The Dragoon Saga (Sabres of Infinity, Guns of Infinity, Lords of Infinity) - General Discussion

low-fantasy
gender-locked-male

#7977

The Chinese side of the war has largely been unexplored in video games so far, really hope you guys are able to deliver such fresh content.


#7978

I knew I saved this for some reason


#7979

Though if we’re counting colonial empires, France was never truly knocked out of the war, seeing as its African auxiliaries kept on fighting for a government which had historically treated them (and would continue to treat them) like second-class citizens.


#7980

What little knowledge I possess about colonial holdings of France & the events that followed the annexation of the French homeland comes from RealTimeWWII account on twitter.

That knowledge includes:

De Gaulle telling Brits that he will convince Vichy aligned troops to join the Free French & surrender the ships they possessed & them (Vichy troops) passing up on the offer.

Leading to British Warships sinking the ships anchored at port & French soldiers spilling each others blood for gaining control of the colonies.

Further response from Vichy being the ordering of bombing of British ships & the pilots intentionally dropping the bombs into the sea, not wanting to harm their former comrades.

(My knowledge about these events is rather limited & the account is tweeting events from 1940)

Finally British empire didn’t have to face this problem. At least not at level the French faced. (Again my knowledge in this regard in not up to date. So take it with that thought in mind :sweat_smile:)


#7981

I can pick up from here:

While the vast majority of Metropolitan French troops who remained under arms until the Armistice put down their weapons and went home (seeing the Vichy regime as a “legitimate” continuation of the Third Republic, and feeling understandably miffed at the British for Mers el-Kebir), a lot of troops in the French colonies ended up joining the Free French, and from the time in between 1940, and 1943, when large numbers of Vichy troops began switching sides after Operation Torch, the majority of Free French troops engaged were African.

Moroccan and Senegalese troops remained heavily involved in the Italian Campaign, but were phased out starting in 1943-44 and replaced with white troops both for practical (The US Army didn’t work well with black or brown troops as allies) and racial (French attitudes towards North and Central Africans aren’t generally all that good now, and they were worse in the 40s) reasons. As a lot of these new “whitened” formations had been defectors from the Vichy Regime, there were serious rifts between officers who’d been part of the Free French forces from the start, and those who’d changed sides only when it was clear that the Allies were on the winning side. Notably, Leclerc (2nd French Armoured) and De Lattre (1st French Army) were not on speaking terms, as De Lattre considered Leclerc insubordinate, and Leclerc considered both De Lattre and much of his command (made up of Vichy defectors) to be traitors and opportunists.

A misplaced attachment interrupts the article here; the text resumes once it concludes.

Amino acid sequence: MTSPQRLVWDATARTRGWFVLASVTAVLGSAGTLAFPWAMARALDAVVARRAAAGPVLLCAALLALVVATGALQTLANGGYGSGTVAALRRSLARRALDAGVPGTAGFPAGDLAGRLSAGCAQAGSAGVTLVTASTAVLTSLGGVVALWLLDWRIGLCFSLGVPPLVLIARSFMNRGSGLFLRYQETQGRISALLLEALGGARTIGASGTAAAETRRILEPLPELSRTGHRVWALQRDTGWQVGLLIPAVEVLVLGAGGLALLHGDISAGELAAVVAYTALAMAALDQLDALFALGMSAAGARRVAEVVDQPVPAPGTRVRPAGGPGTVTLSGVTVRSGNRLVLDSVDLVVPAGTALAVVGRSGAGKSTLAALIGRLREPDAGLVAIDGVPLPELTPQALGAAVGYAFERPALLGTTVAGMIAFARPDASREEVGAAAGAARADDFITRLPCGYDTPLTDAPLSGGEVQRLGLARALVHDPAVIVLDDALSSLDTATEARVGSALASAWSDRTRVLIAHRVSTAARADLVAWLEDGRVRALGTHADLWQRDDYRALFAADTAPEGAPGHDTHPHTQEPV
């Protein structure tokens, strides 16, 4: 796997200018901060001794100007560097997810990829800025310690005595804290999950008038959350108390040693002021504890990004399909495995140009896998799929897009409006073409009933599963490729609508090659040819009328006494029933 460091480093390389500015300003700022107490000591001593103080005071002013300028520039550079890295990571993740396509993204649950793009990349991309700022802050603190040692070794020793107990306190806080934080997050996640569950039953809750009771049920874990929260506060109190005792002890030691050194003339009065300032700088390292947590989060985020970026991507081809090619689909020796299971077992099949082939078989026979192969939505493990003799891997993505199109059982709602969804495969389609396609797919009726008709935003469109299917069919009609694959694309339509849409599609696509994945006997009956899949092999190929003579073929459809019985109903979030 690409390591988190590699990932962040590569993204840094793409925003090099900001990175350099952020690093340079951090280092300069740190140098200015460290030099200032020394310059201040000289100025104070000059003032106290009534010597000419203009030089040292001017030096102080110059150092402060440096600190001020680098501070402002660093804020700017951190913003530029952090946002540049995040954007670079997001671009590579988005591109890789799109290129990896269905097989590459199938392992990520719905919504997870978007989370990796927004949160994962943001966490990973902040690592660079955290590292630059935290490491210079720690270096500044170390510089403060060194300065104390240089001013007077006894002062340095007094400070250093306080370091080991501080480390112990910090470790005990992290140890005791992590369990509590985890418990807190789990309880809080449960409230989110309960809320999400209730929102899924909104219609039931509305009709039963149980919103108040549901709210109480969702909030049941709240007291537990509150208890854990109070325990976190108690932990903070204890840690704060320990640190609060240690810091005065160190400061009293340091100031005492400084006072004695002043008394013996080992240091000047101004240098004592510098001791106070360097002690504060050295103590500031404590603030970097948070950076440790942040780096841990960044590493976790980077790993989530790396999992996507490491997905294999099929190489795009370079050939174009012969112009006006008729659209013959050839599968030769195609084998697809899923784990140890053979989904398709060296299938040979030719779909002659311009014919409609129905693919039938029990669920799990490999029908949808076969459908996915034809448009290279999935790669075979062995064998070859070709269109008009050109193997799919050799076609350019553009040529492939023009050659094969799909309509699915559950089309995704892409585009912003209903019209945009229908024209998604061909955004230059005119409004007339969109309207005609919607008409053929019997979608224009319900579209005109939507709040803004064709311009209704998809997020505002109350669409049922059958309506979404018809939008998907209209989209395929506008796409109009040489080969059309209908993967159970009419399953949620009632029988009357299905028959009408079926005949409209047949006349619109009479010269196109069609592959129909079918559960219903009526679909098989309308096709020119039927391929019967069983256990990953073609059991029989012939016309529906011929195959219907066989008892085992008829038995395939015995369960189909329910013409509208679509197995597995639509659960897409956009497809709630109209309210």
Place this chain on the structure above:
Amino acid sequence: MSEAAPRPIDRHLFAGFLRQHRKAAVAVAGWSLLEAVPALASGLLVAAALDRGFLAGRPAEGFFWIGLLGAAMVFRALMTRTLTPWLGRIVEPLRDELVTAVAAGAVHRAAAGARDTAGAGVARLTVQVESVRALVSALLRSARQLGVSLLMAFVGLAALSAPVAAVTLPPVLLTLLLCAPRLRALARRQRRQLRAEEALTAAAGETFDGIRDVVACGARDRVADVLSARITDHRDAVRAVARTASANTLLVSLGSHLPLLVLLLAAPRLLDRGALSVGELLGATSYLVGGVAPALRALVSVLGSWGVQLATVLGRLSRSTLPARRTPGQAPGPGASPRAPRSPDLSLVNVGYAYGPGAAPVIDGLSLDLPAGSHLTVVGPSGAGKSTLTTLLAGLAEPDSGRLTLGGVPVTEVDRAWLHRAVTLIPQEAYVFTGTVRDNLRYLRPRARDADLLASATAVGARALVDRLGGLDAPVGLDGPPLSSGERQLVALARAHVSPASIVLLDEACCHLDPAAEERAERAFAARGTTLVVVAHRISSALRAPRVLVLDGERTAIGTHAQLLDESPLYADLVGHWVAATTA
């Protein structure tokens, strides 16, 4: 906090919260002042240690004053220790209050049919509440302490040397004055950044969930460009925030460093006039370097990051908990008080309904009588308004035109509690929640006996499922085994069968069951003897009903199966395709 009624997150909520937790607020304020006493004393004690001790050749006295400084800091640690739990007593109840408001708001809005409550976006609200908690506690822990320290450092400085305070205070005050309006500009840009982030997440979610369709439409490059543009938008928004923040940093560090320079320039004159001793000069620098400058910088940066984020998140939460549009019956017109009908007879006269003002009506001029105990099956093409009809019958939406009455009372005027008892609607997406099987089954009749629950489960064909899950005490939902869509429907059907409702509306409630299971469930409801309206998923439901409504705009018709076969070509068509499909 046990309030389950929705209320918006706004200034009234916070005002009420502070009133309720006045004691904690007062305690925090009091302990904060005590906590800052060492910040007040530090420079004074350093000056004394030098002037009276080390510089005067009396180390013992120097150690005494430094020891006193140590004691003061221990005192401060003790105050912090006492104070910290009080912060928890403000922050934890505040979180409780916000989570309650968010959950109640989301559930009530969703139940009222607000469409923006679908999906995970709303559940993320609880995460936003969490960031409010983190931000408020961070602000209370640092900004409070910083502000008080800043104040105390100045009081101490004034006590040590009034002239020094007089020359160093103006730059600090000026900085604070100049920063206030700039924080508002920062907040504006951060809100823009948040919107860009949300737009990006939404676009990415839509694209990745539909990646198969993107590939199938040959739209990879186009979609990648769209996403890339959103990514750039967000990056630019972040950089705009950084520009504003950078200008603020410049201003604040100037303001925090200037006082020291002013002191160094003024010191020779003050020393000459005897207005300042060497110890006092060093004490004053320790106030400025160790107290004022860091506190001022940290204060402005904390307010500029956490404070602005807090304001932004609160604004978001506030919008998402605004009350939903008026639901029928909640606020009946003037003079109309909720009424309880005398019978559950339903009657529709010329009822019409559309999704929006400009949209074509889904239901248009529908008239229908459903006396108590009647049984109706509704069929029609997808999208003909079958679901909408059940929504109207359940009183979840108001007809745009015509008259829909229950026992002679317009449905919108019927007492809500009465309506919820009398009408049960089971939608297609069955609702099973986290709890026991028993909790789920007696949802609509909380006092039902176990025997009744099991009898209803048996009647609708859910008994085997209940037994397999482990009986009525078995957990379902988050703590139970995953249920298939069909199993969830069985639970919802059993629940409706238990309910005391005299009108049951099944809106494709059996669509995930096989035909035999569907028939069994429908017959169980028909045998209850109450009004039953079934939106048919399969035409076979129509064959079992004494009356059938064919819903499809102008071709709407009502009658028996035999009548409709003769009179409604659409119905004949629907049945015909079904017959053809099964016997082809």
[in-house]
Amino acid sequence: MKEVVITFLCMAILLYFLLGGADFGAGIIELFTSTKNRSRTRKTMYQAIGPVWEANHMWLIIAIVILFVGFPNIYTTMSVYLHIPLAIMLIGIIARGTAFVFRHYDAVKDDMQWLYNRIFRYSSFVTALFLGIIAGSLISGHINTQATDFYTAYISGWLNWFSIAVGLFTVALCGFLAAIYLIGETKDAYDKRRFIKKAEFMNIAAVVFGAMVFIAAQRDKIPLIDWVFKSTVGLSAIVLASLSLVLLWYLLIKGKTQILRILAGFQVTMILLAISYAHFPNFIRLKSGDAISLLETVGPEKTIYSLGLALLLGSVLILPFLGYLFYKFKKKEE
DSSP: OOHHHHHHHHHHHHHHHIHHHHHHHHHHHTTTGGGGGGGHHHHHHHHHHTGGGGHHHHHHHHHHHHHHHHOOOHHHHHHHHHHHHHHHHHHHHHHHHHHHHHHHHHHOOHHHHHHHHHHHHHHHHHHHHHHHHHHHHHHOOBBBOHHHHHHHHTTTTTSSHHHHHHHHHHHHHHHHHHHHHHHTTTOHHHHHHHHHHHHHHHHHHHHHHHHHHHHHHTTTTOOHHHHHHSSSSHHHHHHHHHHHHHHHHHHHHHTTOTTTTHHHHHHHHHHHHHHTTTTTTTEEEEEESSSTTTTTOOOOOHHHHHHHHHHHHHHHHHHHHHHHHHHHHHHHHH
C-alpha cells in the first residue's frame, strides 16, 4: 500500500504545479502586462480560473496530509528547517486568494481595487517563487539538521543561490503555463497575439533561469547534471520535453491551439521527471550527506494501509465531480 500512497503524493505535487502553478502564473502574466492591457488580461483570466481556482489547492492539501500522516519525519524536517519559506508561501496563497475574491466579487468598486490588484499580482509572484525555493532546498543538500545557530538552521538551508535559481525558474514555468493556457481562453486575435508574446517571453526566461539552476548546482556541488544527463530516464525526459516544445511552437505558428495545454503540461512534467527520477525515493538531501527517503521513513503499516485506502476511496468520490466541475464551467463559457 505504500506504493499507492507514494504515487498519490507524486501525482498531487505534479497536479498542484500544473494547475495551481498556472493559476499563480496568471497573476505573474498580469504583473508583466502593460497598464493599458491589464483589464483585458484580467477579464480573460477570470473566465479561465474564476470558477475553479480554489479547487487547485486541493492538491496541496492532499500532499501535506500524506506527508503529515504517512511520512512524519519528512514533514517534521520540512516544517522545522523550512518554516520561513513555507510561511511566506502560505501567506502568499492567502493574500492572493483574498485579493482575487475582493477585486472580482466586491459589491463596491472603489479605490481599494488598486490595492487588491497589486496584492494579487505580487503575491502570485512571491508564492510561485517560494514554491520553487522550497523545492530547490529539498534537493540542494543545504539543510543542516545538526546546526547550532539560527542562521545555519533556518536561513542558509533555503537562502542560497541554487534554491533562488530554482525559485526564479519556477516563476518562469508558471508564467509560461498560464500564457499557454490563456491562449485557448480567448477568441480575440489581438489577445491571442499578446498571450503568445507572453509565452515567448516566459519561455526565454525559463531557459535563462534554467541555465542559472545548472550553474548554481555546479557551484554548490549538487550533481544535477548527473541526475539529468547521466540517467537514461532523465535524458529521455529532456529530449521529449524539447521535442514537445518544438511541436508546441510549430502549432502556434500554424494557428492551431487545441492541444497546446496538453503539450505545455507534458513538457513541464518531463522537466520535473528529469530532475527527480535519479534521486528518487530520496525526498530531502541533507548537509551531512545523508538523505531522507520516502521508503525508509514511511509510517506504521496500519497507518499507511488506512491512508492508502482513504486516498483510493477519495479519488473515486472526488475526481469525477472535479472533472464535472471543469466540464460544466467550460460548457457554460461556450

The British actually did face some limited problems regarding defections. The IJA recruited British Indian Army PoWs into the Indian National Army (which included the Rani of Jhansi Regiment, one of the very few all-female combat units of the war), and Burmese troops fighting for the British would often defect when things were going badly. Given that the INA and the Burmese were fighting more for freedom from any colonial empire than for the cause of Imperial Japan or Nazi Germany, I kind of give them the same (more or less) free pass I give the Finns, especially since the INA was the main reason India ended up independent in the end.


#7982

There are horror stories of racist US soldiers in WWII deployed to Australia, the UK (in preparation for Normandy), New Zealand, or newly liberated European countries. None of those countries had the de jure, legally enforced segregation that the American south had, but that didn’t stop the US soldiers deployed to those countries from trying to enforce segregation upon the local populace. There are many stories of US soldiers in NZ trying to throw Maori soldiers out of the bars they drunk at, or of US soldiers in Britain asking bartenders and restaurant staff to kick out the African, Caribbean, and Indian colonial troops who were also there.

Fortunately, in many cases, the bartenders refused to go along with the Yanks’ racism and overt bigotry, and reminded them that they weren’t in the US and therefore needed to respect local customs, including the custom of refusing to segregate public facilities by race.